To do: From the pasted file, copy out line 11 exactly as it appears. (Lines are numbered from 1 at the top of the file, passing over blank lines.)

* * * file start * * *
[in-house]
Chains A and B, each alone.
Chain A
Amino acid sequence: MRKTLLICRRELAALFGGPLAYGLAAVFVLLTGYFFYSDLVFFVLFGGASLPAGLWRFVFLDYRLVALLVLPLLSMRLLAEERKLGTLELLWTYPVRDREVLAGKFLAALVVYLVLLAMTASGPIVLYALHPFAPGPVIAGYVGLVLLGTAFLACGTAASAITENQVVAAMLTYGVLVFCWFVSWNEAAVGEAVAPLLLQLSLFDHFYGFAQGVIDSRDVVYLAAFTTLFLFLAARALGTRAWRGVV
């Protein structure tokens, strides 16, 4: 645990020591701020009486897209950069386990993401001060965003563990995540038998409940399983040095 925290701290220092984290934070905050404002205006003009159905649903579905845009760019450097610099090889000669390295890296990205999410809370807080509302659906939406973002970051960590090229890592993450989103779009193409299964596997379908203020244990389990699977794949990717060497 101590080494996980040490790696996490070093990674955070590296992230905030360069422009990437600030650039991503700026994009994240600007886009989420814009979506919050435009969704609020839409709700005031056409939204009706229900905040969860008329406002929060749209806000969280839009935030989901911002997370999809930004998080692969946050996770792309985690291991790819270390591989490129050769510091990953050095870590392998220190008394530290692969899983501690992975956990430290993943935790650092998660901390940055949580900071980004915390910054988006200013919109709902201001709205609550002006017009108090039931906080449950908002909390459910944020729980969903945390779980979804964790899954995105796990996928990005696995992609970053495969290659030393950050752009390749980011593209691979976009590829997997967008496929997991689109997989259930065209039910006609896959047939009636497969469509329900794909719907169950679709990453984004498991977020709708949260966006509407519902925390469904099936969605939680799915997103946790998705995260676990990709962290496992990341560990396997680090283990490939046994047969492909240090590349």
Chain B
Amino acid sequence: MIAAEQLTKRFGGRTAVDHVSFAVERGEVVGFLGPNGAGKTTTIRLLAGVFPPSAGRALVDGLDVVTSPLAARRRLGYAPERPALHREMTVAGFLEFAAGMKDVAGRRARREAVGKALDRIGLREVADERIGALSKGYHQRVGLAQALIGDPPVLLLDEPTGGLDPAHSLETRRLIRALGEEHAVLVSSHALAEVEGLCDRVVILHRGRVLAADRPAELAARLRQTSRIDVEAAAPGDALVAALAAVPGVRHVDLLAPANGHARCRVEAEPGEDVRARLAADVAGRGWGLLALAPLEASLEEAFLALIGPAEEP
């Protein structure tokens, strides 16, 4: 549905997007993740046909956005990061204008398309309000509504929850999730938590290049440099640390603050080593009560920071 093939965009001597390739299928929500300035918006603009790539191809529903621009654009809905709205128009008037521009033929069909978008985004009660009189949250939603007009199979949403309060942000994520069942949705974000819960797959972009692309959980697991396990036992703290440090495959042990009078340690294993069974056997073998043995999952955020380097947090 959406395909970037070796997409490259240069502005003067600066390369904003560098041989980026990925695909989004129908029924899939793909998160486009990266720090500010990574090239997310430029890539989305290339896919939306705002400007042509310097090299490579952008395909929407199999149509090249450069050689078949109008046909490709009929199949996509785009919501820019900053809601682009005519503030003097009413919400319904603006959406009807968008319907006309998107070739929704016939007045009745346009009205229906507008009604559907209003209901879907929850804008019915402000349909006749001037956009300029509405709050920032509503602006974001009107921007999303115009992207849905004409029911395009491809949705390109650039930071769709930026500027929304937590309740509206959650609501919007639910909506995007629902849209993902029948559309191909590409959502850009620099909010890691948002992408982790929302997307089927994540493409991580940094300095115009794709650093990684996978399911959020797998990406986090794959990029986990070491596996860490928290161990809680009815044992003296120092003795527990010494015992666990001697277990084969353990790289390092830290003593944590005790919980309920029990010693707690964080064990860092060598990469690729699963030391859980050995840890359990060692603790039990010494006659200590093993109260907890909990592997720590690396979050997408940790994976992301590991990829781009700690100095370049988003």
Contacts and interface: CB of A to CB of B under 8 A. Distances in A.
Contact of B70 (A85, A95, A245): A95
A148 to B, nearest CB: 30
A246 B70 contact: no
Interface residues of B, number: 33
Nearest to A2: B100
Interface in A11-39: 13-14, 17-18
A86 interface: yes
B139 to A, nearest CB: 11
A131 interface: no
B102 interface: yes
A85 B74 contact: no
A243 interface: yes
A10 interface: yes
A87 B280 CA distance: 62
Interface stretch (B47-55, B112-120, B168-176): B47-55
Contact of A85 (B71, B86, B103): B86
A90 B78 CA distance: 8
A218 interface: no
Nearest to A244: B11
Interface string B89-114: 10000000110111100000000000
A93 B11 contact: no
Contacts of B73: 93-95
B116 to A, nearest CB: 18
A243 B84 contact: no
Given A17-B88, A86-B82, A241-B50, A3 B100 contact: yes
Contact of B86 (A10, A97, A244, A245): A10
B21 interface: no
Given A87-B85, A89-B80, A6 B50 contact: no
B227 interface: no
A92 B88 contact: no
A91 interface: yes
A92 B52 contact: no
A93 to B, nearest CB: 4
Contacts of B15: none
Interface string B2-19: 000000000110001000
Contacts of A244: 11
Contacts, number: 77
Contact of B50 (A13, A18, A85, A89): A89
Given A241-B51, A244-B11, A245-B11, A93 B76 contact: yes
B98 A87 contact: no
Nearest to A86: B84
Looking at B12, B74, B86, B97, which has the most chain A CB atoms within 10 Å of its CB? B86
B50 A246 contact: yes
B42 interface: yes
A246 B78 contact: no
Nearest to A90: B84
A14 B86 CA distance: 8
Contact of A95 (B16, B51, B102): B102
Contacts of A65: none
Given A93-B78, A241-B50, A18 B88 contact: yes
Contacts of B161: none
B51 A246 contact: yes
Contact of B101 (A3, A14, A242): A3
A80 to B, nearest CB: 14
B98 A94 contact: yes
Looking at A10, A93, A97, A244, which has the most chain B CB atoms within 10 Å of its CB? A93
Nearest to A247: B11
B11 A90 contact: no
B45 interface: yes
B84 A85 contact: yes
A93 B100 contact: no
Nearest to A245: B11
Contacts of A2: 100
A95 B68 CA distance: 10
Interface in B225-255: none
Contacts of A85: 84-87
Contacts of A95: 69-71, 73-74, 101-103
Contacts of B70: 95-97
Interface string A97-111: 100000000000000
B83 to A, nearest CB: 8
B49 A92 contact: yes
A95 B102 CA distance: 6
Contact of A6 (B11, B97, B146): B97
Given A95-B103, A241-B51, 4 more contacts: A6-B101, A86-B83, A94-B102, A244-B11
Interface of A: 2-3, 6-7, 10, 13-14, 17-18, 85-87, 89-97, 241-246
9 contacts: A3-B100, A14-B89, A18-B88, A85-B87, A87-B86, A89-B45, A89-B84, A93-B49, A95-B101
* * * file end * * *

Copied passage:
A148 to B, nearest CB: 30